As the RS:X nears the end of its Olympic era, windsurfer Farrah Hall has secured the opportunity to give it one last go in Tokyo.
The 38-year-old from Annapolis, Maryland, clinched her spot at the Olympic Games Tokyo 2020 simply by putting her boat in the water this week in Australia. As the only American woman competing in the RS:X World Championships, the second of two U.S. Olympic team selection events, Hall secured her place as the sixth member of the 2020 U.S. Olympic Sailing Team as soon as she completed a fleet race.
Tokyo will be Hall’s second Olympic appearance, after she finished 20th in her Olympic debut in 2012 in London. However, Tokyo will be the last Games using the RS:X, which made its Olympic debut in 2008, because the windsurfing equipment for the Olympic Games Paris 2024 is changing to iQFoil.
Hall was part of the “sea trials” that last fall helped the sport’s international federation decide which windsurfing equipment to use for Paris. She noted in a blog post that with foiling, “the thrill of the speed, stability, and physical racing in all kinds of conditions was hard to beat,” adding that, “Sailors who were beginner foilers picked up windfoil technique in just a few sessions.”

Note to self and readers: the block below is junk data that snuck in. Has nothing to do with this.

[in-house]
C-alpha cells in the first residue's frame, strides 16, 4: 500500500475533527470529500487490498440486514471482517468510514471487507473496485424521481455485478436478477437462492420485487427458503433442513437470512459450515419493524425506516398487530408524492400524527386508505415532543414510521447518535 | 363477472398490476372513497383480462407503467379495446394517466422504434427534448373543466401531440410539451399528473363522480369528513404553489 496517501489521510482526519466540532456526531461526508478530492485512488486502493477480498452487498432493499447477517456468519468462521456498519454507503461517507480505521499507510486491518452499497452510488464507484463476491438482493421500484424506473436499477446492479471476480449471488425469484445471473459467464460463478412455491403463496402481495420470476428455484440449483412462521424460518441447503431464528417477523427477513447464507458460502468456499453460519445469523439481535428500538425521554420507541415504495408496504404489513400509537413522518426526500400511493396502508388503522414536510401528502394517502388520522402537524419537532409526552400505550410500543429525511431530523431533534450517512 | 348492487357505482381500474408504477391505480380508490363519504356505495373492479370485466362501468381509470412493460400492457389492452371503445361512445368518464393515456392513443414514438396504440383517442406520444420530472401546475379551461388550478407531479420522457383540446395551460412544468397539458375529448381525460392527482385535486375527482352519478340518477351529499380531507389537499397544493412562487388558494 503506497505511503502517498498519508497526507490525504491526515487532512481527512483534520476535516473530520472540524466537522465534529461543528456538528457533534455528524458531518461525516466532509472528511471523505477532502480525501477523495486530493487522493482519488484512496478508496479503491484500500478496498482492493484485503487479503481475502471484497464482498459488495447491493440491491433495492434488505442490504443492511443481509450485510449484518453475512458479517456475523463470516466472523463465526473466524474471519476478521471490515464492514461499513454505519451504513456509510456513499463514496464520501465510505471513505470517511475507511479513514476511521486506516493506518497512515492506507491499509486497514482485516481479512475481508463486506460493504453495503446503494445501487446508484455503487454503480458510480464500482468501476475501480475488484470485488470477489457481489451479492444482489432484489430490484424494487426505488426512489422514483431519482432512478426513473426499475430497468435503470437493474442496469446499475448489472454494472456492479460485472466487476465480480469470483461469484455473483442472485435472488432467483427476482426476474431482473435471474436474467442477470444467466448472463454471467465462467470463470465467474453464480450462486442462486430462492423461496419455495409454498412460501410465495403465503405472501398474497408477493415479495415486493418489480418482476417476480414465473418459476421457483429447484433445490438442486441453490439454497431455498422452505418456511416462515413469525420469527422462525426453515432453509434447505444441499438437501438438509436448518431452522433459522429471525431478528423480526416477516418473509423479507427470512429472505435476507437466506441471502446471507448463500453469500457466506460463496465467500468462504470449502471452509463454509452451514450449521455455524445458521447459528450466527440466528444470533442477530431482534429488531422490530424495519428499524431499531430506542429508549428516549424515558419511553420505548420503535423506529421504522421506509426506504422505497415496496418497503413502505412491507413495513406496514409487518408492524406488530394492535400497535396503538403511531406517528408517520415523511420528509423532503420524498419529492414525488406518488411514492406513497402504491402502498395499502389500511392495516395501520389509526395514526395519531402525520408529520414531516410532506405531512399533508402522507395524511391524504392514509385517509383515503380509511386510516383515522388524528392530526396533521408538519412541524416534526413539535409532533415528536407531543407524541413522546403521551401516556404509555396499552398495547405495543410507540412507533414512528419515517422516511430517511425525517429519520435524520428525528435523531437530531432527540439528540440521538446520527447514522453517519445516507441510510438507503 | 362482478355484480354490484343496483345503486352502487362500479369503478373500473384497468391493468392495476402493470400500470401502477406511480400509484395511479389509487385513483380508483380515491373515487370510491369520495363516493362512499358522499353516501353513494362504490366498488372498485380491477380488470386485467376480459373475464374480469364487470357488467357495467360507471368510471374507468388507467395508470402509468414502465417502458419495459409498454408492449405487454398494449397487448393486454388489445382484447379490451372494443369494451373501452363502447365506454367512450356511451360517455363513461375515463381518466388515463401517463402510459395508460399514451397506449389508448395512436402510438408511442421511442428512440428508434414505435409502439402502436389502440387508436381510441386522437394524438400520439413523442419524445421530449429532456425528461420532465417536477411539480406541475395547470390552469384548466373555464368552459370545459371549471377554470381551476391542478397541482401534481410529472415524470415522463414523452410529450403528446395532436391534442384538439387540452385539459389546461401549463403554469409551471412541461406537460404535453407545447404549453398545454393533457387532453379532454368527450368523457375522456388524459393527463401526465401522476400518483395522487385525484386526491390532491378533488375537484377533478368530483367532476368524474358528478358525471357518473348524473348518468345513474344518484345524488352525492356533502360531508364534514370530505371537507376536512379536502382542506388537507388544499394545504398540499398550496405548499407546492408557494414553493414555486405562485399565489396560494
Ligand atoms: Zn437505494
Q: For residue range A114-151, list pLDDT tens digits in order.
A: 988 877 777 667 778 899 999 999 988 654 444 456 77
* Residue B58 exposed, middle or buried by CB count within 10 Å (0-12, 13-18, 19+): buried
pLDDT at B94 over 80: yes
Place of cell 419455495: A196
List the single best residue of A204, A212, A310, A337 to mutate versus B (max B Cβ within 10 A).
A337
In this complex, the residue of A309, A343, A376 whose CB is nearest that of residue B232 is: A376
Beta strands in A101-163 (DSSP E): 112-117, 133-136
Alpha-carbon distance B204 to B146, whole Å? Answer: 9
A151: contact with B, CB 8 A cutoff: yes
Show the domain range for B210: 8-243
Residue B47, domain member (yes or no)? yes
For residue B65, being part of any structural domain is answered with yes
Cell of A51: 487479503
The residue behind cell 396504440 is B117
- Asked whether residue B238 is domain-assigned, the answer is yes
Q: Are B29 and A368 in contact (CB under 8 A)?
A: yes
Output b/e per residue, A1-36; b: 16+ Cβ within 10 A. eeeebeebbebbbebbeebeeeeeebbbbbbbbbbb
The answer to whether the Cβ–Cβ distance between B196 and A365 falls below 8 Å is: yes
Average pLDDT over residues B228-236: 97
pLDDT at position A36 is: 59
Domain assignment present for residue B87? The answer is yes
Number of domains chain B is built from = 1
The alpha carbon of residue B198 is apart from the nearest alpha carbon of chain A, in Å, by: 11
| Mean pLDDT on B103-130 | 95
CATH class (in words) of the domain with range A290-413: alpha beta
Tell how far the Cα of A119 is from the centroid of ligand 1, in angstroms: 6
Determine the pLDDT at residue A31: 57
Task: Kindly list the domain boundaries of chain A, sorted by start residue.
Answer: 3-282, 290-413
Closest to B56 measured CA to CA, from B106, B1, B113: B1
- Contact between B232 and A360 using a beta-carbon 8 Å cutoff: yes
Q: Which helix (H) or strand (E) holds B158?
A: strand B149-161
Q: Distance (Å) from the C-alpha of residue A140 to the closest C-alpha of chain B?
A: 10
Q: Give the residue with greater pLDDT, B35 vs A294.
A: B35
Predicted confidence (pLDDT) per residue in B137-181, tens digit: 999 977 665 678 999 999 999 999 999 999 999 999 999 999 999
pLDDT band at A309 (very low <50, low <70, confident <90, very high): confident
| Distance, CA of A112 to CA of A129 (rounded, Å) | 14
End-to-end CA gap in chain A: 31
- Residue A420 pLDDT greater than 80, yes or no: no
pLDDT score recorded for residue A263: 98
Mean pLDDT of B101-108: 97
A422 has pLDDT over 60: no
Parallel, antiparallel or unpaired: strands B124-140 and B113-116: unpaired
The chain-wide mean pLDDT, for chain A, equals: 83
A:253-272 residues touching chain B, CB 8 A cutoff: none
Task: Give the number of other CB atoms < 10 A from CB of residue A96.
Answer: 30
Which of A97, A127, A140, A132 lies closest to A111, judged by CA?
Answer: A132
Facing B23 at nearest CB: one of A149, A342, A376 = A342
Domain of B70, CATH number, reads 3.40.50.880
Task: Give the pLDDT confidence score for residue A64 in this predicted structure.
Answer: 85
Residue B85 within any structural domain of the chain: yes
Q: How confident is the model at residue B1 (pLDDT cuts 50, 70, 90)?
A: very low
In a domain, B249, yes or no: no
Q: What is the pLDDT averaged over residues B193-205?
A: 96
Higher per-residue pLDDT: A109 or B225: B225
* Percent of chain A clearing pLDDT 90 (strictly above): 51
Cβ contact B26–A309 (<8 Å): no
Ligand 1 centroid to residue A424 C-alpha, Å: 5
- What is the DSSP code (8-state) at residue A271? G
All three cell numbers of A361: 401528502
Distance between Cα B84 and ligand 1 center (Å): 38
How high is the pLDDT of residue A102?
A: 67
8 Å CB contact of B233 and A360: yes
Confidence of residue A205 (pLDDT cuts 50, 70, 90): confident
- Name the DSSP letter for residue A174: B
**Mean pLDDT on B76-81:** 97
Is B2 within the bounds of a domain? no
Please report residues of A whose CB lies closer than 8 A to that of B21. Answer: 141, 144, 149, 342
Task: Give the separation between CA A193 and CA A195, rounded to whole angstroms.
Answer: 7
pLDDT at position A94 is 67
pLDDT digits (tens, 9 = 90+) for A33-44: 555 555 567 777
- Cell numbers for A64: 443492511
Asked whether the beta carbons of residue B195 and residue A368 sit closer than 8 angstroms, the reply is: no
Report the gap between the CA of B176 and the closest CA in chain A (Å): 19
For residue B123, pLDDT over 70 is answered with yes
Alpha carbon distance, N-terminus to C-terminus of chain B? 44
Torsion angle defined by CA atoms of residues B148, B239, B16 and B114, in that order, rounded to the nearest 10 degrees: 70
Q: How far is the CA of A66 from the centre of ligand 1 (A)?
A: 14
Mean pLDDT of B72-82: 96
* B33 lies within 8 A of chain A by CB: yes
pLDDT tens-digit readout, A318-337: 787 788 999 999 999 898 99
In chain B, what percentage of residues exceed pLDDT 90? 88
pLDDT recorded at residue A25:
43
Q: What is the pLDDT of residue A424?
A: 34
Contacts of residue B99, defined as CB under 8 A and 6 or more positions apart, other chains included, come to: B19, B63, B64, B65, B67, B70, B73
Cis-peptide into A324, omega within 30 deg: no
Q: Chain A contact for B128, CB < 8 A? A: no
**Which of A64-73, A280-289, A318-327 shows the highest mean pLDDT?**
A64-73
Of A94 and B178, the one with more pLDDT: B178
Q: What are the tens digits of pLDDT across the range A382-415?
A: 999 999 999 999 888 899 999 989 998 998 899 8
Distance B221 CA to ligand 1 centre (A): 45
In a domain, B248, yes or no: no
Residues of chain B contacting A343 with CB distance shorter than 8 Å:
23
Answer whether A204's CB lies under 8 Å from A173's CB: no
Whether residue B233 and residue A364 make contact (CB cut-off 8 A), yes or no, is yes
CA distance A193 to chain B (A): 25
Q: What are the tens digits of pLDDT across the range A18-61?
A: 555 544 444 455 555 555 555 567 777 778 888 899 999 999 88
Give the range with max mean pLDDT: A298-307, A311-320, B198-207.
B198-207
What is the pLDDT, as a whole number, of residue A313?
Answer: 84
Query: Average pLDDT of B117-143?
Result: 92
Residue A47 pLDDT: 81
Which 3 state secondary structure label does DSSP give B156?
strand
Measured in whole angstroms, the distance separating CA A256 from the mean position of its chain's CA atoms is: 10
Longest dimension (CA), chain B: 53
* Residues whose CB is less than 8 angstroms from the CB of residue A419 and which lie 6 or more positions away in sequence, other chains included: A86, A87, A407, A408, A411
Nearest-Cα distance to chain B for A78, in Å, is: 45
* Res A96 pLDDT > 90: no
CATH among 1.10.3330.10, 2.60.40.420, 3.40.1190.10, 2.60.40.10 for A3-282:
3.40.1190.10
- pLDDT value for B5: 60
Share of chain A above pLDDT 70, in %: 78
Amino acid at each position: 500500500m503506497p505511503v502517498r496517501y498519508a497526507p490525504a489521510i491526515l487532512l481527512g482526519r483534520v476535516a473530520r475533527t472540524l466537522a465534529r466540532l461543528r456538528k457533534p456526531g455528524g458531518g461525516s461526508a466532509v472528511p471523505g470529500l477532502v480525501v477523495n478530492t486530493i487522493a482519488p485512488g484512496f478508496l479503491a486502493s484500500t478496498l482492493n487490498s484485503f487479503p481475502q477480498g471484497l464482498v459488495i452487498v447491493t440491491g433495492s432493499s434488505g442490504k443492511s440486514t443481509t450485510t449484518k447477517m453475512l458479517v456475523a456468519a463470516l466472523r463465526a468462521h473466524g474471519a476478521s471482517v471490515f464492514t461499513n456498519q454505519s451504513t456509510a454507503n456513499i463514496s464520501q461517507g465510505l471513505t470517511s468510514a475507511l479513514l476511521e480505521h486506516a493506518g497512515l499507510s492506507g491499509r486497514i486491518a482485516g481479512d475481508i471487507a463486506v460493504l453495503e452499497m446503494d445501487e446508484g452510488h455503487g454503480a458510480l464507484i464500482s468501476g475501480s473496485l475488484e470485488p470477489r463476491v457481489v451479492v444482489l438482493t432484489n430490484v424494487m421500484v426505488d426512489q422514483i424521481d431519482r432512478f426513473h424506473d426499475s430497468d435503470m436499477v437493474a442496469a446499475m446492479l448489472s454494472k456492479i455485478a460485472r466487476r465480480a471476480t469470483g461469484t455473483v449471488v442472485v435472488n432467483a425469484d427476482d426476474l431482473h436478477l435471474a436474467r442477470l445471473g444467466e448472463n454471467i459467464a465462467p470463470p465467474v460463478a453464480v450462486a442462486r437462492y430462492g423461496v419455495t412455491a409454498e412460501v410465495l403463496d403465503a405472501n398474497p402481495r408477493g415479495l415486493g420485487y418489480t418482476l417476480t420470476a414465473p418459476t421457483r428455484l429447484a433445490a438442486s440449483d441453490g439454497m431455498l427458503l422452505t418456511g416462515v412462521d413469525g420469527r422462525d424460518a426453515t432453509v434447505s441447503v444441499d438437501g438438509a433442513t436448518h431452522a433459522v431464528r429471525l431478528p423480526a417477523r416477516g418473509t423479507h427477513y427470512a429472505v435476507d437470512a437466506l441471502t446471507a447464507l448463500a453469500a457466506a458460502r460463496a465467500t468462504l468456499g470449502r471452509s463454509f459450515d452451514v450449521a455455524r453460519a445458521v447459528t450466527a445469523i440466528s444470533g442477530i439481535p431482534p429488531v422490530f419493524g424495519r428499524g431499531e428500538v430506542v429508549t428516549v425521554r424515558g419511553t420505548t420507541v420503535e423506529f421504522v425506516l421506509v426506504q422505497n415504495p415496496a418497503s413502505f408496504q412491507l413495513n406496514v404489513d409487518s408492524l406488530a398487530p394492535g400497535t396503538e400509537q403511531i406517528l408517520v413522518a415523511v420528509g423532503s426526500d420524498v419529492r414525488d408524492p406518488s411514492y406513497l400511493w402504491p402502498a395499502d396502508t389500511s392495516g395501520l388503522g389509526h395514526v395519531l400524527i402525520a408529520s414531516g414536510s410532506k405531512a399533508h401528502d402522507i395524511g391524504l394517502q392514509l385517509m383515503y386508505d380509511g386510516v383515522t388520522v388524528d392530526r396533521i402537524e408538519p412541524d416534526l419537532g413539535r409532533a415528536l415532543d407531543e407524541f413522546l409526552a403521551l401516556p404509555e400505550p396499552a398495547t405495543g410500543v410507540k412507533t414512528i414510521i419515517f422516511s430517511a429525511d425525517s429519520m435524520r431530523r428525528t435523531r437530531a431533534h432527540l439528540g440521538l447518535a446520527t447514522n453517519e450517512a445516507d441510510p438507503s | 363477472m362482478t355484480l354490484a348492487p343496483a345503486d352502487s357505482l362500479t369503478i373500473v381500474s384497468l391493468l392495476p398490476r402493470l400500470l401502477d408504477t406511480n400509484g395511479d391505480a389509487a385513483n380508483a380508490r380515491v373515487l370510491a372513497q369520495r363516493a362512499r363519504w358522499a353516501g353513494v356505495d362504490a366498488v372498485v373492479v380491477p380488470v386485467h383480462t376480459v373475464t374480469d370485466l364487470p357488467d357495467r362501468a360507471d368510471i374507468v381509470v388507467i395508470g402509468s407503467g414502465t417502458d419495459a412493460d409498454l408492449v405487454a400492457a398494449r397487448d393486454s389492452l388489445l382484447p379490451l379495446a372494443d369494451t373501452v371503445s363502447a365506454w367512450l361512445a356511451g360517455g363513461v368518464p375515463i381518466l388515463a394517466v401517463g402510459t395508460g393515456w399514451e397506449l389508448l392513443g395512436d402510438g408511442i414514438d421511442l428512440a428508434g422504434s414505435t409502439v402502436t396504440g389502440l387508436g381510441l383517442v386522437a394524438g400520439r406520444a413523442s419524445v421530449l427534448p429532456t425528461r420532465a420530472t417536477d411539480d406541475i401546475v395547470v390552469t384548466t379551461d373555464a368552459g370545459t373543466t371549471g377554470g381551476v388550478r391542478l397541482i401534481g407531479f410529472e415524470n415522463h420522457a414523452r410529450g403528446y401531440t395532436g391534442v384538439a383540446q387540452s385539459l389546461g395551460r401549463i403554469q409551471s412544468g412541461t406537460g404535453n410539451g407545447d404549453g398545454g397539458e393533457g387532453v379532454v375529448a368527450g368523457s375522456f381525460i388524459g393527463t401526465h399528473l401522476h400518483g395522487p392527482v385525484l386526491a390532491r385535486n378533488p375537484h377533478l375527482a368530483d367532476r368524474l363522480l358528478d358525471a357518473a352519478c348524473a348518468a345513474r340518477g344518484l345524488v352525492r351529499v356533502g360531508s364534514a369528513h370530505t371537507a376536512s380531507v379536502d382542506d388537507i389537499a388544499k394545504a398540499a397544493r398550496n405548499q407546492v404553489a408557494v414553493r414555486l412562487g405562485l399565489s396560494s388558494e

Though growing up in Annapolis, a city known for its sailing culture, Hall’s youth was spent focused mostly on other sports, particularly running, swimming and triathlon. It wasn’t until after graduating from high school in 1999 and moving on to St. Mary’s College of Maryland that she turned her attention squarely to windsurfing.
Hall began windsurfing competitively after her junior year and eventually reached the top level. She won a bronze medal at the Pan American Games Guadalajara 2011, and the next year finished second at the Miami World Cup months before her Olympic debut. In 2015, Hall won the Semaine Olympique Francaise in France in 2015. More recently, she finished fourth at the Pan American Games Lima 2019 and fifth at last month’s world cup stop in Miami.
This year is all about the Olympic Games, though.
With her 56th-place finish in the 2019 world championships, Hall secured an Olympic quota spot for the U.S. She then ran away with the competition to fill that spot. Hall entered this week’s competition with a 38-point lead over Carolina Mendelblatt, and as the only U.S. entrant at this week’s worlds on Port Phillip Bay in Australia she needed just to take the water to make her Olympic berth official.
Following three days of racing, Hall was in 35th place. The RS:X world championships finish up Saturday, with a men’s RS:X Olympic quota still to be filled.
Hall told US Sailing that she would savor what is expected to be one of the final major competitions using the RS:X this week.
“RS:X sailors have developed as a class and a fleet to have a really nice spirit of camaraderie and sportsmanship, plus a really high level of racing,” Hall said. “I appreciate our last worlds on the RS:X for the friendships we’ve formed and the years we’ve spent together competing, plus we are hosted by a really amazing and welcoming club who has done the maximum to help us out.”
Paul D. Bowker has been writing about Olympic and Paralympic sports since 1996, when he was an assistant bureau chief in Atlanta. He is a freelance contributor to TeamUSA.org on behalf of Red Line Editorial, Inc.